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Fabrics and textiles are giving electronics a softer look

What's New? | October 29, 2018 | By:

An article on Slate says that a number of companies are opting for using textiles in the electronic products they make. While much of the tech world is still made of glass, aluminum, plastic, and composites, textiles are emerging as a stylish way to accessorize and protect the tech used by consumers in their homes. A “smorgasbord of products” announced by  Amazon announced  last month included the Echo Dot and Echo Plus, smart speakers that  are now wrapped in fabric.

Google Home devices have embraced this style. Apple’s HomePod also has a fabric-covered alternative and Ikea’s smart speaker favors the cloth-fronted look. Speakers have used cloth on their grilles for decades, but smart speaker manufacturers have used the idea in more creative form factors.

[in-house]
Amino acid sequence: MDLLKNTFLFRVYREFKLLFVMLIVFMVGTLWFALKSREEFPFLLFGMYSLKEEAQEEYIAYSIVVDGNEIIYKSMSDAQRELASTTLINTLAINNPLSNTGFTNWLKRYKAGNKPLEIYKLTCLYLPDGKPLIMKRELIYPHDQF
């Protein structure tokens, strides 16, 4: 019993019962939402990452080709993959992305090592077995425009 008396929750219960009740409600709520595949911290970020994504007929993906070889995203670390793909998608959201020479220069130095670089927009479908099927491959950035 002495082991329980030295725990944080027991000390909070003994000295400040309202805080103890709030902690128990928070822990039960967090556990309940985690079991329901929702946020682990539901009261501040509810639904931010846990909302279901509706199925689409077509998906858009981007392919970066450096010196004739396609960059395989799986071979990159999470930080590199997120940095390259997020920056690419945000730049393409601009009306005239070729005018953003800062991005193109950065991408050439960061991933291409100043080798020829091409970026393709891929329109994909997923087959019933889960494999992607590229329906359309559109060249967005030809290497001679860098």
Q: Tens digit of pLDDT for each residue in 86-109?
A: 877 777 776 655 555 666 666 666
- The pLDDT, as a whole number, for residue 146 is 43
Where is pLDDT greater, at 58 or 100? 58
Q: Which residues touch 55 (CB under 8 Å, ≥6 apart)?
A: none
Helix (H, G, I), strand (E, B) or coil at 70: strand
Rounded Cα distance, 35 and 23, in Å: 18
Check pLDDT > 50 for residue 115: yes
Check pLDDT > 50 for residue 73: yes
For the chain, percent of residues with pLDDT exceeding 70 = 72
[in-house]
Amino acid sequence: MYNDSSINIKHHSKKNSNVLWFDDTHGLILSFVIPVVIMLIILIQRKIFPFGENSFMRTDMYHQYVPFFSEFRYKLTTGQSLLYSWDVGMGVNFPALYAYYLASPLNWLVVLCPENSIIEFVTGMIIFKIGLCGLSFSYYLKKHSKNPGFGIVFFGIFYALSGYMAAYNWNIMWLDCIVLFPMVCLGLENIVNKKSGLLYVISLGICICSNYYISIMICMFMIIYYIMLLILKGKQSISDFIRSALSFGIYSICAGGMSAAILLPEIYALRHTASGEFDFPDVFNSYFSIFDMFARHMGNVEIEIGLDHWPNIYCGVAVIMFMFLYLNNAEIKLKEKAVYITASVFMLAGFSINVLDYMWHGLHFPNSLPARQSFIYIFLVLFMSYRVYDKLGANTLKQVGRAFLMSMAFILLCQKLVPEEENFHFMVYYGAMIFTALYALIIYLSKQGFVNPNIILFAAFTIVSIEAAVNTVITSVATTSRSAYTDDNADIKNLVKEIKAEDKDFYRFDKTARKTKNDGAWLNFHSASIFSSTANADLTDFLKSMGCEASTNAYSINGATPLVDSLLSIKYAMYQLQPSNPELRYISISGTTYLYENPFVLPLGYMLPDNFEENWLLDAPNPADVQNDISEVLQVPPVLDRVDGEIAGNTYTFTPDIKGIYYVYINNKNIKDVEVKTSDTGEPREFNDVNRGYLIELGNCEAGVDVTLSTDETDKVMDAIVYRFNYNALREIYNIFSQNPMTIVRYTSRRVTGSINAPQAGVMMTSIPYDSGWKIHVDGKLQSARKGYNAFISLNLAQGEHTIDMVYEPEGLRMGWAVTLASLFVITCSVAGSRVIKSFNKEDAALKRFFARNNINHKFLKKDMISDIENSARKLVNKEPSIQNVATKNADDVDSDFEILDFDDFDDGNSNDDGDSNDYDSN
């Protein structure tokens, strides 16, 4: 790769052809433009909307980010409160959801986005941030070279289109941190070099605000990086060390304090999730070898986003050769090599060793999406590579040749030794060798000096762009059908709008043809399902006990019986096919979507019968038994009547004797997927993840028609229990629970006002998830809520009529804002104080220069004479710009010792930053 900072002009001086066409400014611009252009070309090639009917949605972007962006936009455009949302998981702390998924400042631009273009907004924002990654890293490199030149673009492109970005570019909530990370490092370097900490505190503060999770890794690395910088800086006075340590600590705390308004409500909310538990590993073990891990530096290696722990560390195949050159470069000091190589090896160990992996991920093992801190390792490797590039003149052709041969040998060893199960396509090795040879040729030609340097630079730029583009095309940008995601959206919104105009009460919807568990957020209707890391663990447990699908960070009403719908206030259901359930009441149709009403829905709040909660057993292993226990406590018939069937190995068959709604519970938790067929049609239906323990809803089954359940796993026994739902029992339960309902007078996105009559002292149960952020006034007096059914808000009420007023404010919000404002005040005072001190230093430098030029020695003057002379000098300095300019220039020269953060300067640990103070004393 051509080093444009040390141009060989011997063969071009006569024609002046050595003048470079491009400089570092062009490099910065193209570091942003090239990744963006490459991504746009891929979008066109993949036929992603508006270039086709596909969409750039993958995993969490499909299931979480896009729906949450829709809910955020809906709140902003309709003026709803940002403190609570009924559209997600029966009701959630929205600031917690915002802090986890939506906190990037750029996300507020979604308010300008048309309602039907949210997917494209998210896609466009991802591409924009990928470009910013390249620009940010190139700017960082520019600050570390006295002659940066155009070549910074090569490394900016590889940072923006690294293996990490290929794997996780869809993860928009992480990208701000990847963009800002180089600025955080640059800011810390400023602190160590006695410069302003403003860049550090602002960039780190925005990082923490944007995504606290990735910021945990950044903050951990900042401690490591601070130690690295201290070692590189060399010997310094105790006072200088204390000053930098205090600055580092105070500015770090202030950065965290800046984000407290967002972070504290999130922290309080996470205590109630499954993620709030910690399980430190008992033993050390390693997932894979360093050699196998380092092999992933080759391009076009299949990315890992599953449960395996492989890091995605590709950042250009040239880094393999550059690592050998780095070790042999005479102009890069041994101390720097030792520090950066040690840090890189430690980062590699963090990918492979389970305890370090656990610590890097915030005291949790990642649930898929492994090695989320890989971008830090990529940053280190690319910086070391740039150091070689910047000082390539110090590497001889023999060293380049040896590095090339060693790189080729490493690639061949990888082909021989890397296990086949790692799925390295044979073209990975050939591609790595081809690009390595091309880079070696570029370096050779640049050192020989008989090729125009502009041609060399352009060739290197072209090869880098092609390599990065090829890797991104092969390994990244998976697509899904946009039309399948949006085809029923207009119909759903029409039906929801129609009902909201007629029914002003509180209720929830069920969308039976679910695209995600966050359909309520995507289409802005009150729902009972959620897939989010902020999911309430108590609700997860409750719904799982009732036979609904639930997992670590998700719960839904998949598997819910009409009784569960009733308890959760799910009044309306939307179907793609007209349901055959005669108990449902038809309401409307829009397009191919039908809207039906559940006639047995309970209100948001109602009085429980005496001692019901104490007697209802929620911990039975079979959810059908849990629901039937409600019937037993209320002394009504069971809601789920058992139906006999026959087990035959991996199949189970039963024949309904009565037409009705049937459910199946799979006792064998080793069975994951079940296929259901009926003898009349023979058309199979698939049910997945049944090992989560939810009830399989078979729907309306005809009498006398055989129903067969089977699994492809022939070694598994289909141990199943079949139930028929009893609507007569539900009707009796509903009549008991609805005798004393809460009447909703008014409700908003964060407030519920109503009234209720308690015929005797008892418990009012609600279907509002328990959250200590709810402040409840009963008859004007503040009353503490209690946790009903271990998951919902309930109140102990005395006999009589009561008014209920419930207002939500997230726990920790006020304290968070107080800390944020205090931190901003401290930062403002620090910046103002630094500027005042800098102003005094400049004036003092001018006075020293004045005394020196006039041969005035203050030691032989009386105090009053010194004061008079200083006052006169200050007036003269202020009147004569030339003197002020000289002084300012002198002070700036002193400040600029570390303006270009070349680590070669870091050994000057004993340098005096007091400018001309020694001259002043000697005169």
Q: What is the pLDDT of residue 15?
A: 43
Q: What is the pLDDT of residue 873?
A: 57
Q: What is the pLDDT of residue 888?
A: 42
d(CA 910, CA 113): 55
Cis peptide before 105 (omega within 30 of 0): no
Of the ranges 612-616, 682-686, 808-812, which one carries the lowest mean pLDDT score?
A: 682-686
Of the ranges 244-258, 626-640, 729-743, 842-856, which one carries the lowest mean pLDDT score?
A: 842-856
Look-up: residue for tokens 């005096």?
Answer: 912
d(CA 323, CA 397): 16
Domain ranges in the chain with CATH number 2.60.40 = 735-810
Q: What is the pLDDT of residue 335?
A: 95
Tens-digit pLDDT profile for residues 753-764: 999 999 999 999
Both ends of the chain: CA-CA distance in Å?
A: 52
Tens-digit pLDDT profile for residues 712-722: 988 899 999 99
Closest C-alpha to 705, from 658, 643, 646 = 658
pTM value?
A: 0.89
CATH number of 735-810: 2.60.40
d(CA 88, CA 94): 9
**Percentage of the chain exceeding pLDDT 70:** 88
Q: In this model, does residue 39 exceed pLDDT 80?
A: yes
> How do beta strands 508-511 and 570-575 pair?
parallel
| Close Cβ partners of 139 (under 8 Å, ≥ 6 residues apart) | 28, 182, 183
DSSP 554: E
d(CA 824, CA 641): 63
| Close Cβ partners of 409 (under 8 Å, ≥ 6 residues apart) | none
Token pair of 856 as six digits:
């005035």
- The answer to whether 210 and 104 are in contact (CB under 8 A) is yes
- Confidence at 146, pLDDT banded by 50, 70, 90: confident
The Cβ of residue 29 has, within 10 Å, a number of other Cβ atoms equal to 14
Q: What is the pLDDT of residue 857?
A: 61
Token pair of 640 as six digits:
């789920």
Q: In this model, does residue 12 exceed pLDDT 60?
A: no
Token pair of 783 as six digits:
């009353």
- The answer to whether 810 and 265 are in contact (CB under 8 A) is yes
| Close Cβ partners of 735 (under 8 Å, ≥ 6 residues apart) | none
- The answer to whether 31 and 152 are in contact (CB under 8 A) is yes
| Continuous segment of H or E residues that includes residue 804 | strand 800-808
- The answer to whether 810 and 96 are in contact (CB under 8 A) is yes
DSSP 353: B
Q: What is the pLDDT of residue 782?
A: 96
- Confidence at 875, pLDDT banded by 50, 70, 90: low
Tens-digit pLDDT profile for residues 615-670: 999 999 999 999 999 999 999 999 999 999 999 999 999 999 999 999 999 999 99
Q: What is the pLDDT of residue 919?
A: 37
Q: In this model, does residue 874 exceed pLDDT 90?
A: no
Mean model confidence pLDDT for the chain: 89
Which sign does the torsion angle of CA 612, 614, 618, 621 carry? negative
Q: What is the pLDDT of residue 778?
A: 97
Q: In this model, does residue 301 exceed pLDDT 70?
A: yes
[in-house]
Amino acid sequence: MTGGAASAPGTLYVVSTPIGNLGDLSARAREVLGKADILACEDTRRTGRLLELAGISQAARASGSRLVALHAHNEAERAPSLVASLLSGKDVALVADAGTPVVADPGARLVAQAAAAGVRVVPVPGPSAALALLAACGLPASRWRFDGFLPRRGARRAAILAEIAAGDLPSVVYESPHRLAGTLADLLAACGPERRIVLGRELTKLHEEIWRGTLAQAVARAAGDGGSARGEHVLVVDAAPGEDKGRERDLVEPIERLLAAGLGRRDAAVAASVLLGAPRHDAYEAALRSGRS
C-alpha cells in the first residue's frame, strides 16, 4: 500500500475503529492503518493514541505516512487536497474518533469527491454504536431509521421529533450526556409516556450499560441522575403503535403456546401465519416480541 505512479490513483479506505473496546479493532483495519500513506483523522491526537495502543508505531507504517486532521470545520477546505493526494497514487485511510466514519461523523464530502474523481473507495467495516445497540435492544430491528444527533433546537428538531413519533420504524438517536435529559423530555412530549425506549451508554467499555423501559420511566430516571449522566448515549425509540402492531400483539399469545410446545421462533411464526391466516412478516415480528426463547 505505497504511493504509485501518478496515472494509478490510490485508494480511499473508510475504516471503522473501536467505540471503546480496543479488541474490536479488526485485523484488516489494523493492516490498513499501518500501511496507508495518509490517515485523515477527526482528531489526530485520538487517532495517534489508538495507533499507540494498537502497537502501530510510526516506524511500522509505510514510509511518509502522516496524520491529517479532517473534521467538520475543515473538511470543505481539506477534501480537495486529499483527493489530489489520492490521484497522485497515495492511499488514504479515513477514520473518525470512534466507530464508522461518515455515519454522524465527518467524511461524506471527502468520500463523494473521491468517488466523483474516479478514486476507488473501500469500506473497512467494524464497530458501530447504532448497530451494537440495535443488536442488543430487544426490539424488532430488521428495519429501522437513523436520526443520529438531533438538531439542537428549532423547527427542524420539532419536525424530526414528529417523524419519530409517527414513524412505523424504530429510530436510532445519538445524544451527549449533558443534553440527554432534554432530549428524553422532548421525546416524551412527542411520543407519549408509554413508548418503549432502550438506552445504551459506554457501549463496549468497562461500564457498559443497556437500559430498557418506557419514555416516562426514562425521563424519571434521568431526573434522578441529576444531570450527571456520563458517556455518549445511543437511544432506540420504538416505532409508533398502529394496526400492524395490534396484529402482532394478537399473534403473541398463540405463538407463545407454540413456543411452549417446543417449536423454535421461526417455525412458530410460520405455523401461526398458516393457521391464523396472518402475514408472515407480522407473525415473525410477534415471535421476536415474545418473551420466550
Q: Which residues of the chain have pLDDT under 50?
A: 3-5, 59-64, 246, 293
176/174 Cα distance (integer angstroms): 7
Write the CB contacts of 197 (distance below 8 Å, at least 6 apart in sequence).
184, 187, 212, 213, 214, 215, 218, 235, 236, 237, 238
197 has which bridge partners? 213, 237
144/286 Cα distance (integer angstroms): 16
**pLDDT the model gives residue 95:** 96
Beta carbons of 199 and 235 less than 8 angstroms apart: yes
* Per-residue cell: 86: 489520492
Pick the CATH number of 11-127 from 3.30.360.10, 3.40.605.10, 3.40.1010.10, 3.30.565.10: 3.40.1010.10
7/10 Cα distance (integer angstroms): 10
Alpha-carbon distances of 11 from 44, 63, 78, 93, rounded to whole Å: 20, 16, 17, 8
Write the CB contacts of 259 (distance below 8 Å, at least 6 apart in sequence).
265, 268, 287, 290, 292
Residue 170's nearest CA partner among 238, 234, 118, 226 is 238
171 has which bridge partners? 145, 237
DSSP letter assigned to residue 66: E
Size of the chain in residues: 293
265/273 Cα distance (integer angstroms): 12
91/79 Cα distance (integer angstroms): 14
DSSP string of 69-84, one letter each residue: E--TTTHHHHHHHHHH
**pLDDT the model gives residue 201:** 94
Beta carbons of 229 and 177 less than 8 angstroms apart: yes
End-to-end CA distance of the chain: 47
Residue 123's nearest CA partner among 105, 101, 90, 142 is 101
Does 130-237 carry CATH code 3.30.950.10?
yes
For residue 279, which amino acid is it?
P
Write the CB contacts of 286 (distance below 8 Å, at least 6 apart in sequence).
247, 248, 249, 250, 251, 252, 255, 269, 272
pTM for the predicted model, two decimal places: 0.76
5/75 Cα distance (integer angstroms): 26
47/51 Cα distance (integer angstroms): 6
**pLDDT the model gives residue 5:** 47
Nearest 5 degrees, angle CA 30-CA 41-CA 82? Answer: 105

The trend has also spread to other types of gadgets. Microsoft uses a suede-like fabric called Alcantara on its Surface tablets and PCs, including the Surface Go that debuted this summer. A wearable tracker, the Spire Health Tag, also forgoes typical tech materials in favor of a soft Ultrasuede exterior. As this device is designed to be worn next to the skin, fabric offers greater comfort and flexibility.

The latest product to get the cloth treatment is the home printer. HP’s $199 Tango X is a smart home printer with a “wrap” covered in soft materials. This wrap has three functions: décor–coordinating color, it acts as a landing pad for printed pages and it functions as an on-off button for the printer, sending the device into sleep mode when it’s shut. When the printer is encased in the wrap, it looks more like a large book than a small printer, helping it blend into a bookcase or office shelf.

The use of cloth in and around our electronics is part of a greater trend of companies designing products that better blend into our daily lives. Samsung’s Frame TVs are an example of this—the screen masquerades as a large art or picture frame when not in use. On the opposite end of the product spectrum, the geodesic dome–styled Norton Core secure Wi-Fi router looks nothing like a router or a gadget at all.

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